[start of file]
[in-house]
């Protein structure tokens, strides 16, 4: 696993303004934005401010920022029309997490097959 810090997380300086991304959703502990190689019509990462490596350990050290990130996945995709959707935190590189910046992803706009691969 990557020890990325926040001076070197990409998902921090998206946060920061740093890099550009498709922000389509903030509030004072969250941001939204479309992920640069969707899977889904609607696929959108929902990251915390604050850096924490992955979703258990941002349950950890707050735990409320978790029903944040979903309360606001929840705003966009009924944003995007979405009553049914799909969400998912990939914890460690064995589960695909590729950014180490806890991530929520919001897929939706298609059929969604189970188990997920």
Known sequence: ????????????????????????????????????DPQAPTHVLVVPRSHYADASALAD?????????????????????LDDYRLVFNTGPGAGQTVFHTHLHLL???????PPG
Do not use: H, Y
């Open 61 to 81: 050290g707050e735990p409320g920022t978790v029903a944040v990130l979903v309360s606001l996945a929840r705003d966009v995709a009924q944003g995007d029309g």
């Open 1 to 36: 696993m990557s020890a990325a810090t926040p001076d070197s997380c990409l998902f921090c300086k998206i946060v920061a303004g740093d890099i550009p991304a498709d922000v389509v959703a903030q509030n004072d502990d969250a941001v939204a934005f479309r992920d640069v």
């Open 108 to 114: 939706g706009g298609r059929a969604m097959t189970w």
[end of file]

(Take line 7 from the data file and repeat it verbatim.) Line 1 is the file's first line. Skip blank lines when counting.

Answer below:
């Open 108 to 114: 939706g706009g298609r059929a969604m097959t189970w």